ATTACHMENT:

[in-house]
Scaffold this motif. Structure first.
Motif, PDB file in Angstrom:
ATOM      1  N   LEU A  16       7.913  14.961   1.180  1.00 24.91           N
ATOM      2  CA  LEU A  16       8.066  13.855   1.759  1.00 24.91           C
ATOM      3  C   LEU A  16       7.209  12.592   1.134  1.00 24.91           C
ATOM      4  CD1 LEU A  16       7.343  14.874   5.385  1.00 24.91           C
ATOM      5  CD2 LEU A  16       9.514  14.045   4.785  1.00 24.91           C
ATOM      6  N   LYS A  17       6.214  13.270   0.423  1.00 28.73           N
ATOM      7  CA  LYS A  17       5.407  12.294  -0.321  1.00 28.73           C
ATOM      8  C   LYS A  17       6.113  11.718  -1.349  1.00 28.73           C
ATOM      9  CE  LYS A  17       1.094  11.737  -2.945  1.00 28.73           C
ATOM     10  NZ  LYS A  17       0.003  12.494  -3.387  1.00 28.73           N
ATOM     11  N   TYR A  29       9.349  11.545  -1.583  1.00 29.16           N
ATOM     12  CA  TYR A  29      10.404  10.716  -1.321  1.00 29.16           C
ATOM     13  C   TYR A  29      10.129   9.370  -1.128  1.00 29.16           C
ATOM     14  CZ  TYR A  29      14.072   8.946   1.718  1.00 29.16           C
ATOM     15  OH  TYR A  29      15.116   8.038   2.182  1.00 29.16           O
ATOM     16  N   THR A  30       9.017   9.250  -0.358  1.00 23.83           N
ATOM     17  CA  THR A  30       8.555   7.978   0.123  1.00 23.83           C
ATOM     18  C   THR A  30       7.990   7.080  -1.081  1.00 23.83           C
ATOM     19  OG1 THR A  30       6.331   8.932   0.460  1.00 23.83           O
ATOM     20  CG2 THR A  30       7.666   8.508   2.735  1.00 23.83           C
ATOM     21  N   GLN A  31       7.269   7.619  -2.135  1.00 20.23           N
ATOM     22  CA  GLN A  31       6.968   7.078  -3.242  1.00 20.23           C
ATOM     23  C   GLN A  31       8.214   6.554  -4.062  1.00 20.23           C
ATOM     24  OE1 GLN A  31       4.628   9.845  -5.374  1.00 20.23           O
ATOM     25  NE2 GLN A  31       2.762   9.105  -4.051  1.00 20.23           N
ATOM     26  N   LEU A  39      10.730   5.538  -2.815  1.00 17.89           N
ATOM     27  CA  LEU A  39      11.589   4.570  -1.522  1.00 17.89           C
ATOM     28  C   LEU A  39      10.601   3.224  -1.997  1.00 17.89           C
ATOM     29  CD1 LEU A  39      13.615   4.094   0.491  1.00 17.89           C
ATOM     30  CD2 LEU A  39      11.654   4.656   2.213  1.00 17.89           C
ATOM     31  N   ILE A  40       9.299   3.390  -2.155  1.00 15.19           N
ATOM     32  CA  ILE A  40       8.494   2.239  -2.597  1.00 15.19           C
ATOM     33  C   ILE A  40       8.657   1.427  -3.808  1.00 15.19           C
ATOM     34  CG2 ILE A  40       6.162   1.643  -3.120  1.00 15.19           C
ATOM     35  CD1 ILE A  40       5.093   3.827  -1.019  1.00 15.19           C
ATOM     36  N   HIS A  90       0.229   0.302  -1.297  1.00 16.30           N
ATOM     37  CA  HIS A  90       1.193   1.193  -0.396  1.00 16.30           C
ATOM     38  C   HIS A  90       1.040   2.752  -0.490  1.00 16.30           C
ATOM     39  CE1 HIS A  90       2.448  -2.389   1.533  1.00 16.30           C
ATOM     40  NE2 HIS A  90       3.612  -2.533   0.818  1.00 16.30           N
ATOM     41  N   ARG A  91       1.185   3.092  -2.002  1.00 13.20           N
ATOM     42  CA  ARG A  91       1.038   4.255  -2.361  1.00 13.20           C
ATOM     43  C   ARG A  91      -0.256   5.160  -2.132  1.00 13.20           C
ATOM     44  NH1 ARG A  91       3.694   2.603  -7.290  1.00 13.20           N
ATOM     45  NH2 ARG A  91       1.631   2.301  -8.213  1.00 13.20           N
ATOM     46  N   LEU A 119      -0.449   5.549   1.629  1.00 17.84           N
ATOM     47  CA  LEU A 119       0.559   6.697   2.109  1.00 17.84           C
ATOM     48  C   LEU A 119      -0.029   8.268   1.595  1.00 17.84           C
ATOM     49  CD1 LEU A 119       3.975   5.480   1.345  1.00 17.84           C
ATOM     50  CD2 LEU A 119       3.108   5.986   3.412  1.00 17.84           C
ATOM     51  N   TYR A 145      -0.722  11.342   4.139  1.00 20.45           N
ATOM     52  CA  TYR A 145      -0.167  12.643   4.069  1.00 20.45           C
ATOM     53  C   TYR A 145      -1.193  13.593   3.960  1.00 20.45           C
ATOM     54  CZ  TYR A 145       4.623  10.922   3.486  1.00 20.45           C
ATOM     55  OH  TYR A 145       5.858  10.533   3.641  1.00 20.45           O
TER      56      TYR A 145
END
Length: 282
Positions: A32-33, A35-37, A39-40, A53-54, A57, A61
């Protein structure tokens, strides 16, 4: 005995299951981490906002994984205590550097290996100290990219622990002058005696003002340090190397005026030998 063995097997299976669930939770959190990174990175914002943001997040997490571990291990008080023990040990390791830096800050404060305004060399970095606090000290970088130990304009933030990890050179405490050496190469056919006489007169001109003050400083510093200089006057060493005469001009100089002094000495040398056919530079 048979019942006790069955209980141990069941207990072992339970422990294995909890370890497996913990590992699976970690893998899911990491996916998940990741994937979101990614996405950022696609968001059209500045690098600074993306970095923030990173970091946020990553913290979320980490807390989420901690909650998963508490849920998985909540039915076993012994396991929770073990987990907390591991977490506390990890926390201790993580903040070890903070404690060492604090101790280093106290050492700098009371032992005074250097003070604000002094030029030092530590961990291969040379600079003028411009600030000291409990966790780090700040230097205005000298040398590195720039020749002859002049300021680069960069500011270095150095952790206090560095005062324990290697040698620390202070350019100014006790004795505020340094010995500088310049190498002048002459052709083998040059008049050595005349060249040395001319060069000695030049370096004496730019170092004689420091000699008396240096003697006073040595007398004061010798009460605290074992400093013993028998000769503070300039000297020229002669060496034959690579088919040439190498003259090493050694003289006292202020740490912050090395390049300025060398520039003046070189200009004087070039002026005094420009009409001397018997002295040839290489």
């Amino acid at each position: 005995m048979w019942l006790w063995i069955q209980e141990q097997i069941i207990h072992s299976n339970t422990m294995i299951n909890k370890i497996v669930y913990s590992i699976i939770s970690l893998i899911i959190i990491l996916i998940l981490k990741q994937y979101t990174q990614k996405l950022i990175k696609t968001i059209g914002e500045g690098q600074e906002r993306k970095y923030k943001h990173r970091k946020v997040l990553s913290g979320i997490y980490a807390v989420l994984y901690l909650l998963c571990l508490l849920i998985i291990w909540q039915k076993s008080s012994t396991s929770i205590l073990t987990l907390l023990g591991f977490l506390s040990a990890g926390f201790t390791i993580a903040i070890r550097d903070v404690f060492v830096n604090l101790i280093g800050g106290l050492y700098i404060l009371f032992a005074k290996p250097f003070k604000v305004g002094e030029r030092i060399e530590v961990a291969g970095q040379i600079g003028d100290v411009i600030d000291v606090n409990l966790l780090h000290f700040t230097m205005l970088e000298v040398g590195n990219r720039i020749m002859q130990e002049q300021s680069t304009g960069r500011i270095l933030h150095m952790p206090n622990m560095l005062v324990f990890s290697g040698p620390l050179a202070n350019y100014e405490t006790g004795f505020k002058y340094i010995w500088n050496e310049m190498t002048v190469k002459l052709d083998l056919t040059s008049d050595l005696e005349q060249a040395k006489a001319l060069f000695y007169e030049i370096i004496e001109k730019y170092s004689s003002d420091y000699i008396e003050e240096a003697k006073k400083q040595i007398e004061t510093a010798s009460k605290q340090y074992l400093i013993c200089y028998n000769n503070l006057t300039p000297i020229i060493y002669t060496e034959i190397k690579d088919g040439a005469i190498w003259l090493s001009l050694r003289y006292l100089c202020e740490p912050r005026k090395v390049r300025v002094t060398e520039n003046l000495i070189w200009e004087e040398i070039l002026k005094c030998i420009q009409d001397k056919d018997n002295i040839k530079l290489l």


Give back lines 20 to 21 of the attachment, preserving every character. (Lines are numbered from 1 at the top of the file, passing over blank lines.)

ATOM     17  CA  THR A  30       8.555   7.978   0.123  1.00 23.83           C
ATOM     18  C   THR A  30       7.990   7.080  -1.081  1.00 23.83           C